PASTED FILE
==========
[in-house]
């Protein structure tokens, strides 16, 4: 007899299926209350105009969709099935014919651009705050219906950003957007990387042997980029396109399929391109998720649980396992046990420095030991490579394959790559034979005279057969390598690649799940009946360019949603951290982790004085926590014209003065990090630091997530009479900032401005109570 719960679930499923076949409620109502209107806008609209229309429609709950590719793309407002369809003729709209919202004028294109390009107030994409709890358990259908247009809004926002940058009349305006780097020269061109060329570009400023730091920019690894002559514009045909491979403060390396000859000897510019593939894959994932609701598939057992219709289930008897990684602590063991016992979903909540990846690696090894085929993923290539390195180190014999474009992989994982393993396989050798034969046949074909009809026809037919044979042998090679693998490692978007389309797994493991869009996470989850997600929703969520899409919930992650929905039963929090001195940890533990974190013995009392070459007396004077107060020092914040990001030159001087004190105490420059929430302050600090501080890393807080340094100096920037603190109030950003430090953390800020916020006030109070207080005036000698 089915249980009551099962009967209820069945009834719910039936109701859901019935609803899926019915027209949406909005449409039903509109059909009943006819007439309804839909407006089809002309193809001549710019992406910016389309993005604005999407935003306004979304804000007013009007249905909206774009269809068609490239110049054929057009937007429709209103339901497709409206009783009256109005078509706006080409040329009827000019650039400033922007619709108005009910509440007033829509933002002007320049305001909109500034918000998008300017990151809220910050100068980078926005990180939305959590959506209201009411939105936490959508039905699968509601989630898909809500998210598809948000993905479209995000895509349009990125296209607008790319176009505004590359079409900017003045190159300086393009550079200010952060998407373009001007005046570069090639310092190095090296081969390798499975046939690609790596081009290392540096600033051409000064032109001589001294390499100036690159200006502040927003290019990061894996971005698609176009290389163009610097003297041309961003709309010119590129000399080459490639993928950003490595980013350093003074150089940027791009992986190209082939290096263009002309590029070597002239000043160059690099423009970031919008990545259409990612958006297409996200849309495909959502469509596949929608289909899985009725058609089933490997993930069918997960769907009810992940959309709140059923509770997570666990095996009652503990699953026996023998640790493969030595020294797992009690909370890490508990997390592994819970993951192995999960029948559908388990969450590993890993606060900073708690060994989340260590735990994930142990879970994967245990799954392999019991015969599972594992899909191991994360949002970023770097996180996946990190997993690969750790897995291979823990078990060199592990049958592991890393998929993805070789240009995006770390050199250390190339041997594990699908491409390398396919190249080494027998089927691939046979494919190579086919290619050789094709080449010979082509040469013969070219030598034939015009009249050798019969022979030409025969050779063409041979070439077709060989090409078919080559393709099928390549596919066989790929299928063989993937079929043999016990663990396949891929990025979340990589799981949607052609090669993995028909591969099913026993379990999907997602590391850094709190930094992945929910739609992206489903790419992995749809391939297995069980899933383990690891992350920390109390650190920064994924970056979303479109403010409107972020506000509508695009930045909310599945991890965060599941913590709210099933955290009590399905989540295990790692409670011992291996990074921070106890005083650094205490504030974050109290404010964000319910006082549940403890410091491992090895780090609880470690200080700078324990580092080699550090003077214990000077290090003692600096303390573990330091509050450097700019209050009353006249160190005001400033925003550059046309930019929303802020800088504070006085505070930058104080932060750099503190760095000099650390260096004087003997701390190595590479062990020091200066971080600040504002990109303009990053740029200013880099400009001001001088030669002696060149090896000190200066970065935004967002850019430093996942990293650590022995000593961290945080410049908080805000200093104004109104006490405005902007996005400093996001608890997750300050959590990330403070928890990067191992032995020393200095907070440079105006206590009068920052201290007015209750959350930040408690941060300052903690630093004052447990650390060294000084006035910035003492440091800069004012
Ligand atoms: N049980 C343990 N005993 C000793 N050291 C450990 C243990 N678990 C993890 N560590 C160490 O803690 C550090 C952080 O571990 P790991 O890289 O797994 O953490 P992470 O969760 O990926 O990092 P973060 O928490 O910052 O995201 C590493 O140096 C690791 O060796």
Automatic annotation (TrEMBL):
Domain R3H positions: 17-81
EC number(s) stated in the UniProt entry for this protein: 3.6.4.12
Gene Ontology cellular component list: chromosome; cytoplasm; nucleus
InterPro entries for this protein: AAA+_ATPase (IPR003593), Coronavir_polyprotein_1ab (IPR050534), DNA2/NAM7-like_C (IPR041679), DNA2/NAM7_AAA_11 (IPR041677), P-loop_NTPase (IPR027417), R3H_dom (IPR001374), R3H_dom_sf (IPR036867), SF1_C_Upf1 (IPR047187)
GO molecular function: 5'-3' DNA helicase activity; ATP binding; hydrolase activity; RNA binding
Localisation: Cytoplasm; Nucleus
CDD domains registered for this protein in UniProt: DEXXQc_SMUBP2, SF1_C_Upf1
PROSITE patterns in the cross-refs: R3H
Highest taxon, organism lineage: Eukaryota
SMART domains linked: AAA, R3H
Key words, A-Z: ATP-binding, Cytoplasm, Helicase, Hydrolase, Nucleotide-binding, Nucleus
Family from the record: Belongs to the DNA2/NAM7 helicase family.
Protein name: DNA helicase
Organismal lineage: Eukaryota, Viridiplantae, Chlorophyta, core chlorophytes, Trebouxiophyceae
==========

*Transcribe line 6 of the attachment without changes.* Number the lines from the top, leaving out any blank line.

EC number(s) stated in the UniProt entry for this protein: 3.6.4.12